In the days before cellphones or pagers, my dad ran Joe’s Taxi in Fort Lee. Talk about Old School: We lived only a block from the taxi stand, so he bought a huge pole and planted it out front of the house. When a fare called, Ma plugged in the light and Pop would come rushing to get the job. Of course, I had to plug in the light every once inawhile. Then I’d run like hell.
Pop would come home and say, “What?”
And Mom would say, “WHAT?”
Entrepreneur that he was, Pop turned our yard into a commuter lot. 50 cents to park your car. Even then, it was a sweet deal.
So he’d be out working and Ma would be cleaning — and dispatching — when the doorbell rang. Mom dropped me and ran out to get the keys, park the car and collect the change.
One day after she cleaned the entire kitchen, she went to park a car, leaving me crawling through the cabinets. By the time I was done, I pulled out the pasta pot and poured in flour, macs, cereal — whatever I could get my tiny hands on.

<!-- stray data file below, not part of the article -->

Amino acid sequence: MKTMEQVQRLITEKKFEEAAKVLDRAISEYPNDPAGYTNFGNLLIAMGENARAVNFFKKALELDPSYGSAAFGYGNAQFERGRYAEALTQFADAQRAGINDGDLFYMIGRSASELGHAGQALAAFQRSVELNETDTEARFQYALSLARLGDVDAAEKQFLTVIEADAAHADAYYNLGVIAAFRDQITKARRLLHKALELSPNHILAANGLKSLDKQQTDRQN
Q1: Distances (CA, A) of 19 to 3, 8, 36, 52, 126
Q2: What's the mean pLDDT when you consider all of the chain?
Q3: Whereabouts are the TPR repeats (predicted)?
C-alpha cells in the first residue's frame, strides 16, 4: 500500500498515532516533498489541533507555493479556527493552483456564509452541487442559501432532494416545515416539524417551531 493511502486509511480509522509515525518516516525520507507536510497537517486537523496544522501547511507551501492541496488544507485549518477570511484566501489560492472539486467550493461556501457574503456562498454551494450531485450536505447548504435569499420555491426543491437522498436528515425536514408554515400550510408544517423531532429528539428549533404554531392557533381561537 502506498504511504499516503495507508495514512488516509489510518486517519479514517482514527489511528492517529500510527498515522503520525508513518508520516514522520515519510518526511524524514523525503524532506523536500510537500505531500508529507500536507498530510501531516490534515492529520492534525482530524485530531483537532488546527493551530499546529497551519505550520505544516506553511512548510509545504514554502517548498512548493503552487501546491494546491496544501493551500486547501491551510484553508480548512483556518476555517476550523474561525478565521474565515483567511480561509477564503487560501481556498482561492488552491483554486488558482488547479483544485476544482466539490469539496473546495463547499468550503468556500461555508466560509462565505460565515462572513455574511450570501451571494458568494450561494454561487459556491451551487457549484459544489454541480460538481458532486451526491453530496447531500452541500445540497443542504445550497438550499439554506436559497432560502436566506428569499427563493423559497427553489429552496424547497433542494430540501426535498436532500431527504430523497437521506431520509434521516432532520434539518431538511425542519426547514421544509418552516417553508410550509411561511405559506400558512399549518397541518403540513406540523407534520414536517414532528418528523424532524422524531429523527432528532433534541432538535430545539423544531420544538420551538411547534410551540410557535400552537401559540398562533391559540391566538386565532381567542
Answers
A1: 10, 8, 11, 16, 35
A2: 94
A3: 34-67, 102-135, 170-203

When she got back, she found me sitting on the floor, mixing up the bowl just like her.
Legend has it that she hit me and then tied me to the high chair. I think the statute of limitations has run out on that one (Can you just imagine me, an adult woman, calling DYFS now to report my elderly mom? They’d probably lock ME up).
Thankfully, my sisters kept Ma distracted, while my brother slipped in, like on “Mission Impossible,” and untied me.
Then we got CB radios.
Calls would come in, and Mom would get on the CB and dispatch my Pop or my brother or my cousins.
Dinner become a real friggin’ picnic.
Mom would put a plate of ronis on the table.
“Breaker. Breaker. 1-9″
“Hey, pass the bread will ya?”
“Lemoine and Main, goin’ to Broad”
“Ma, we got any more ricot’?”
Lights, bells, whistles, phones ringing, CB radio chatter — your typical American household.
To this day, the first thing I do when I get home is turn on the TV. Then I get work on whatever.
“How can you think with all this chatter going on?” my Honey asks.
“This is home, baby.”
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